People > student Profies > Xin Li
- Prior Degree: Master's of Urban Planning, University of Michigan, Ann Arbor
- Geographic Areas of Interest:Regions undergoing a rapid economic restructuring process, especially in China
- Educational Focus:
Various regional economic restructuring topics related to industrial site redevelopment, environmental regulations on brownfields, and property right management. as through effective rule of law
- Recent Awards:
Martin Family Society of Fellows for Sustainability, MIT, 2007
MIT-Japan International Studies Fund, MIT, 2006
2007 Lloyd and Nadine Rodwin International Travel Fellowship, MIT, 2005
- Curriculum Vitae (PDF)
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Q. Why did you come to DUSP?
Li: The most important reason was the wide coverage of research areas of DUSP faculty members and the combination of theory and practice. In particular, I was attracted by Professor Karen Polenske’s works on regional economics, which have substantial overlaps with my academic interests – the development of backward regions.
Q. Did you have any experience in the field of development that prepared you for what you are doing here?
Li: I had some experiences in both public and private sectors related to real estate development before coming to the United States. Those experiences, although less than a year, helped me recognize urgent need for more professional and integrated planning in China. At the University of Michigan, I developed an advanced agenda on regional development for my future Ph.D. studies from various courses and field research experiences. Also, my summer internship at the Washtenaw county property tax office triggered my interests in the public finance field.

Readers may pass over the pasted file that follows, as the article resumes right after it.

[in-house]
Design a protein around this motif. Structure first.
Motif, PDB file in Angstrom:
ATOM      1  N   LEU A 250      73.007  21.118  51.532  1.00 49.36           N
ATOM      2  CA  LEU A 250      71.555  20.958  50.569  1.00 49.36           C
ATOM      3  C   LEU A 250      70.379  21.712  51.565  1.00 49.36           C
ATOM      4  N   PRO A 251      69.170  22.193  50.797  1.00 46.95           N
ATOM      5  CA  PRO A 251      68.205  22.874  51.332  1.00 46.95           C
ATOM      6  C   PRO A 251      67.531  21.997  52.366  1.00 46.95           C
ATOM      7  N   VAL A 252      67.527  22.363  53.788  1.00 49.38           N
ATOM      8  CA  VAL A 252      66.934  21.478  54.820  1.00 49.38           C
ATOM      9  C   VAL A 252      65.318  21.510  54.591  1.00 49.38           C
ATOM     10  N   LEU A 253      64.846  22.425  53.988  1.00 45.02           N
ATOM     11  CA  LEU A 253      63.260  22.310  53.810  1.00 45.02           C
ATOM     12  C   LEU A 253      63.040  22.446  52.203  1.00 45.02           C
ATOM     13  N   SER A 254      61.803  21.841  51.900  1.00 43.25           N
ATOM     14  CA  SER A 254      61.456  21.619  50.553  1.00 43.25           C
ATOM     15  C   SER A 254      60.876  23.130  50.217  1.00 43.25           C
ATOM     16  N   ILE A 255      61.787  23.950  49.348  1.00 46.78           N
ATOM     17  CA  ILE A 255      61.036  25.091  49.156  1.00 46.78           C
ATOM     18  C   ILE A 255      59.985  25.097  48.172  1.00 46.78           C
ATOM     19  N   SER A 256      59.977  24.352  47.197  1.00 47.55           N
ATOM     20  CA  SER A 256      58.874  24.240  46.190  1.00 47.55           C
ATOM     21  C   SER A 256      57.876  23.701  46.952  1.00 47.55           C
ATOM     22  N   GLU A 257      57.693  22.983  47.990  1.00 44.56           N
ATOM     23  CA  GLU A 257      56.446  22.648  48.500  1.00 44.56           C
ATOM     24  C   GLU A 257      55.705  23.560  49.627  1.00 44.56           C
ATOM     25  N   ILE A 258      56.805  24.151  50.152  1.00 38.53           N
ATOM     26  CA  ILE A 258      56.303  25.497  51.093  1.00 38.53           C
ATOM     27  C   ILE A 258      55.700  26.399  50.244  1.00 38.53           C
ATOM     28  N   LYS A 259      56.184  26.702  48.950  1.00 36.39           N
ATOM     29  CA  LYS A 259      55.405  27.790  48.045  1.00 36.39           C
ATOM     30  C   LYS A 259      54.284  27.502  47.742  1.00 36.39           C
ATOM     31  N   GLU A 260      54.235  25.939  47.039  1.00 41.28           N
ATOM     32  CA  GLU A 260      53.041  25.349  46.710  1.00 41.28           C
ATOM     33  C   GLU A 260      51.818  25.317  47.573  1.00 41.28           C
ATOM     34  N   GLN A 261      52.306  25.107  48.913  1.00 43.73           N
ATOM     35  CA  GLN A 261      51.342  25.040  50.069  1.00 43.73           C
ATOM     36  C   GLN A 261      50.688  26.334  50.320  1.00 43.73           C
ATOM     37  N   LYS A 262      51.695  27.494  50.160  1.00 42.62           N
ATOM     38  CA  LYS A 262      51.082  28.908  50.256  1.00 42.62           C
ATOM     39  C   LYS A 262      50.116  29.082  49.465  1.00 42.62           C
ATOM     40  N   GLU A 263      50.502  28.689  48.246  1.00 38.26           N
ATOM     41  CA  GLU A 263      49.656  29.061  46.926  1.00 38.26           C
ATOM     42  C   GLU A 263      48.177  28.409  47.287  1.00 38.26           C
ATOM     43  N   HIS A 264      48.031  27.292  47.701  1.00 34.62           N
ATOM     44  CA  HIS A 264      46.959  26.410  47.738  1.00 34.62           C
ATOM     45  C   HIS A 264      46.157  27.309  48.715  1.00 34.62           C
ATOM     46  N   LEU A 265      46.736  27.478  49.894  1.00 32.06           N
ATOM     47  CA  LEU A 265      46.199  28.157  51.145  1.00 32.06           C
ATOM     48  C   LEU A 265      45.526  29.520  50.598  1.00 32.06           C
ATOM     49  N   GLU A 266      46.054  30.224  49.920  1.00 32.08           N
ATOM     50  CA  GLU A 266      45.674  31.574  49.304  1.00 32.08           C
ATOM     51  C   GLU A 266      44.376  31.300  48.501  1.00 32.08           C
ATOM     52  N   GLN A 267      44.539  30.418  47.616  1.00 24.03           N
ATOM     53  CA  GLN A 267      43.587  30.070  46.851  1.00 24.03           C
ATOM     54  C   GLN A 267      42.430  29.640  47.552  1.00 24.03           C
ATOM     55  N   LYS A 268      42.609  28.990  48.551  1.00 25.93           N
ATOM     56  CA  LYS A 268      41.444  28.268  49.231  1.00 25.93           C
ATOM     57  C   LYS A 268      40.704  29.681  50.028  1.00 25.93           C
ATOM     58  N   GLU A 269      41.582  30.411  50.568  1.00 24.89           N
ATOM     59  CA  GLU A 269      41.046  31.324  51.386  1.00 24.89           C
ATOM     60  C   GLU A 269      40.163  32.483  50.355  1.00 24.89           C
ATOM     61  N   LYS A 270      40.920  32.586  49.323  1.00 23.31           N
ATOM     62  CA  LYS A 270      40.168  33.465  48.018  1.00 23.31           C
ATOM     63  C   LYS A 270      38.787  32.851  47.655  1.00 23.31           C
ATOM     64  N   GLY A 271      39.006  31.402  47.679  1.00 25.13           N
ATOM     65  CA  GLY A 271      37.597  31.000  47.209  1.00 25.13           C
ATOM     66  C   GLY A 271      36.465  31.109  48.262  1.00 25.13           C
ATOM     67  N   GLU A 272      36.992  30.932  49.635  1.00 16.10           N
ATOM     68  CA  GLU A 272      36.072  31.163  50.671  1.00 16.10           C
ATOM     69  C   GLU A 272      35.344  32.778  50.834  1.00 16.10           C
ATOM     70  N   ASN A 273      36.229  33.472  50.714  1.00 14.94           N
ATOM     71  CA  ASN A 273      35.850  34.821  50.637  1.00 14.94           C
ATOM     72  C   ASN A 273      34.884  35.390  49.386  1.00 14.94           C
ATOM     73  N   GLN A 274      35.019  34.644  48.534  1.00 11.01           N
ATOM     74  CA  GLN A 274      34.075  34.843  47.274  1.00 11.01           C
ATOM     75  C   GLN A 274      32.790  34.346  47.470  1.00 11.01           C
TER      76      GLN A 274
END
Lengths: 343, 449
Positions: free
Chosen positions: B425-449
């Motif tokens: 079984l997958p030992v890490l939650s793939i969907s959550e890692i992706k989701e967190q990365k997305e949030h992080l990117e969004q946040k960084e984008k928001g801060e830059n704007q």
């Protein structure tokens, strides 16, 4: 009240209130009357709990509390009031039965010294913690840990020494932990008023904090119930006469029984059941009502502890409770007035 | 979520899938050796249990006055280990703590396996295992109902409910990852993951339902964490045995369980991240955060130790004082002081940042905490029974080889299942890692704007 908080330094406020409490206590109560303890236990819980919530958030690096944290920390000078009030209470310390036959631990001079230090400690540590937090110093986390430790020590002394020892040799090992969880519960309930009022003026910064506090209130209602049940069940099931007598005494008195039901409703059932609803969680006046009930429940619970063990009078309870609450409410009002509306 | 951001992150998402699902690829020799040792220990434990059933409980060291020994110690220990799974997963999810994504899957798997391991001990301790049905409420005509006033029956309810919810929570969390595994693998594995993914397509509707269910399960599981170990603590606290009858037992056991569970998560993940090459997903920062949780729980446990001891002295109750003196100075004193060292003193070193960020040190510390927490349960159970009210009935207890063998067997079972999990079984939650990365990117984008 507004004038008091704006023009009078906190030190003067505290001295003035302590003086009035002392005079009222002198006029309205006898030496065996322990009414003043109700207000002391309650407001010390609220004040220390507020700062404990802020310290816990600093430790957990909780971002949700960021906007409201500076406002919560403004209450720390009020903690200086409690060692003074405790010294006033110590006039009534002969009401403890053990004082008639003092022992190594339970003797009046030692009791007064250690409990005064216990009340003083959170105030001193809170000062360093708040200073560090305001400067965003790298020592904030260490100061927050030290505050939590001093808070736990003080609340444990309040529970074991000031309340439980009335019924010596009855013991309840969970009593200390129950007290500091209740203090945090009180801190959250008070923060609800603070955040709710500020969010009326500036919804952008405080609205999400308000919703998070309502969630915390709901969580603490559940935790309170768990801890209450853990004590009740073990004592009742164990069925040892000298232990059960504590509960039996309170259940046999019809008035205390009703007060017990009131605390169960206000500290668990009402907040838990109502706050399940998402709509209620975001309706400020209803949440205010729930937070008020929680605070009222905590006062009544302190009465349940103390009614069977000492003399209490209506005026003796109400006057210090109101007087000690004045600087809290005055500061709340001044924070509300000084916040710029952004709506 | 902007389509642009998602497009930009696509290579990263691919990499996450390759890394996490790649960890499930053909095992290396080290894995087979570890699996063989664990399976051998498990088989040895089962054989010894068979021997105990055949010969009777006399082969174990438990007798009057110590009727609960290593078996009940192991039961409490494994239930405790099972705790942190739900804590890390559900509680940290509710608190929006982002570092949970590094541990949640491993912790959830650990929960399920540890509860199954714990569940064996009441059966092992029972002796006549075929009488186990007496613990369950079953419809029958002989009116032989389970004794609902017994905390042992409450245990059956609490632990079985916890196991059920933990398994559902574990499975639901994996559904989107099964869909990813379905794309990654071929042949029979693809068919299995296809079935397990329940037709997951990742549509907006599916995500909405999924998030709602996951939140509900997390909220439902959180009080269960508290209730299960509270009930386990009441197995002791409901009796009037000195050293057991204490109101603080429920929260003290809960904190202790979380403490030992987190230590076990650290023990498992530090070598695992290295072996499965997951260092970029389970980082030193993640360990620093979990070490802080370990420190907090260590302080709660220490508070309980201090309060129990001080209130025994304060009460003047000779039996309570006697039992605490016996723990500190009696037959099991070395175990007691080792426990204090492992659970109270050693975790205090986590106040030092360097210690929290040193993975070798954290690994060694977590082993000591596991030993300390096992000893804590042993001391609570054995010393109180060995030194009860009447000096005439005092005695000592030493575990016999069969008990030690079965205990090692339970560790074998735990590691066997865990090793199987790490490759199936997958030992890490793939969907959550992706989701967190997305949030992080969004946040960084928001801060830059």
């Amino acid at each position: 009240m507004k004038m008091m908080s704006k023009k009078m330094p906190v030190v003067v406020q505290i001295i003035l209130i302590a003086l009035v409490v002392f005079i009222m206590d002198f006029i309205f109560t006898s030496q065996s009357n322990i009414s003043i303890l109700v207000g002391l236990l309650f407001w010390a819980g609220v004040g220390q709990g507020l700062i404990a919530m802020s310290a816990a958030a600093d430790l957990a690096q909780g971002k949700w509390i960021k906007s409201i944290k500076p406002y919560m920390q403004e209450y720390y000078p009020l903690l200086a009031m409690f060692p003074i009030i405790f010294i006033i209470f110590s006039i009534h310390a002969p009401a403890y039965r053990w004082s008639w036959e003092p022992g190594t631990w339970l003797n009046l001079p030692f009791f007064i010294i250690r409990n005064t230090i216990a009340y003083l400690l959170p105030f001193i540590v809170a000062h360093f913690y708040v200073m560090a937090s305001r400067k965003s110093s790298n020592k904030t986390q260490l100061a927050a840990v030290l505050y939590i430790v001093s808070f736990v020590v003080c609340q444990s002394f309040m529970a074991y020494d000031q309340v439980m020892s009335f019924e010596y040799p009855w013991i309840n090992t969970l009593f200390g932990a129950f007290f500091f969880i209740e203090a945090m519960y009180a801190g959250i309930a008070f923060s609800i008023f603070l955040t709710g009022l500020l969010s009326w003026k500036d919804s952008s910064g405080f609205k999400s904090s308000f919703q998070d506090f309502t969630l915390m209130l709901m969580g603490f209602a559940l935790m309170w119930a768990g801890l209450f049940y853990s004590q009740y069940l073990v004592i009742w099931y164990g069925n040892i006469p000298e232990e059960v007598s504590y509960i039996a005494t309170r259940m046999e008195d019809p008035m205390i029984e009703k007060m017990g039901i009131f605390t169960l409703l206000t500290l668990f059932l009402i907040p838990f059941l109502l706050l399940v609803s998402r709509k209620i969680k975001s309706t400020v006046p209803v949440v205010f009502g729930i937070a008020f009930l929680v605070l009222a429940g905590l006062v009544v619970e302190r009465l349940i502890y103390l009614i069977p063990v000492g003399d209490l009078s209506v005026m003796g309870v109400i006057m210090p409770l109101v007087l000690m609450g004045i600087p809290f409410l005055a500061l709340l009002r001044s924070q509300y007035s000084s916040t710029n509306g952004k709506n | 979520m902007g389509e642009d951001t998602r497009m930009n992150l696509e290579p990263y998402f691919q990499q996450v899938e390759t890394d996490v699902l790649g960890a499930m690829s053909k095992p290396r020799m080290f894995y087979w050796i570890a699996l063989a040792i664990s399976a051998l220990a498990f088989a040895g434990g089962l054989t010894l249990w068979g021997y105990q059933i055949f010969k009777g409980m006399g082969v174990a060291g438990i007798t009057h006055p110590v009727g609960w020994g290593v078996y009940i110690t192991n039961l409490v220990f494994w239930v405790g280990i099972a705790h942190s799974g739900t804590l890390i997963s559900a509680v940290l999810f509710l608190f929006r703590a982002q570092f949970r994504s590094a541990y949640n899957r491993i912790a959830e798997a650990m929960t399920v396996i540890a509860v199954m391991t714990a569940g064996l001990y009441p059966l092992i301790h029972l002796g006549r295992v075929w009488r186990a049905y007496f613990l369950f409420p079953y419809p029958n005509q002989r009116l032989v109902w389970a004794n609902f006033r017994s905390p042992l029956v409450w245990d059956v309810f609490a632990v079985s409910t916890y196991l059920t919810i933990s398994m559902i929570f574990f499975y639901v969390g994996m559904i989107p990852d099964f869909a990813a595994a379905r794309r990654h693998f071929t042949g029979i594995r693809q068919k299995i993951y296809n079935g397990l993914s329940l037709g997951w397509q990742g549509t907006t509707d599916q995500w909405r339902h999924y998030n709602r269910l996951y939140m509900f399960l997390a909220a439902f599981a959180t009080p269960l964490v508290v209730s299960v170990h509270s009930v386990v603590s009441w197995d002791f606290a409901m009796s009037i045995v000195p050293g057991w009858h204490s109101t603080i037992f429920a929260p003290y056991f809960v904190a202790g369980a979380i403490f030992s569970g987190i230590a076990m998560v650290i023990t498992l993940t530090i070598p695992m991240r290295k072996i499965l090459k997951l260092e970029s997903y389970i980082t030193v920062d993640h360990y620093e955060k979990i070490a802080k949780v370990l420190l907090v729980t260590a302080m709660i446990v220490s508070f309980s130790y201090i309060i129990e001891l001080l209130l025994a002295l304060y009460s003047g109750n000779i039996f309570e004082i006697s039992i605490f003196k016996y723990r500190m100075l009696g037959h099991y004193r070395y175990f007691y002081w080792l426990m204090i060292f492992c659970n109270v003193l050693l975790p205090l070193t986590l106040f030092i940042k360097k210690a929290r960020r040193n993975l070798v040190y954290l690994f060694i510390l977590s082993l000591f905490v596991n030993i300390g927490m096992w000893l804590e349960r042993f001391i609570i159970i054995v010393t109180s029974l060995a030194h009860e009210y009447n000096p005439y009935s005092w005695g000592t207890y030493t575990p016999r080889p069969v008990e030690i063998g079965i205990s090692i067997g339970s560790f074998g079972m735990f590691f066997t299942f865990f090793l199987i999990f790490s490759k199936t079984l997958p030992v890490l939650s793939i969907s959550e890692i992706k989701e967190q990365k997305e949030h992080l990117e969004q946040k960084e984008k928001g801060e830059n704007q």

Q. What has surprised you most about the program?
Li: One is the flexibility of the program in terms of curriculum design and research affiliation. All Ph.D. students in DUSP are allowed to initiate their own curriculum based on individual research interests with few restrictions. In addition, MIT provides various options for research projects, which are not limited to one department but often involve multiple programs. This flexibility encourages an inter-disciplinary way of thinking for issues such as energy, environment, and social problems.
Q. Have your ideas changed at all since arriving?
Li: Yes. Before I came to MIT, my definition on development was confined to economic terms. The definition, however, has been constantly updated since I arrived at DUSP. Development does not simply mean a higher per capita income. It instead embraces various aspects of quality of human life such as environmental conditions, social justice, public health, education, etc.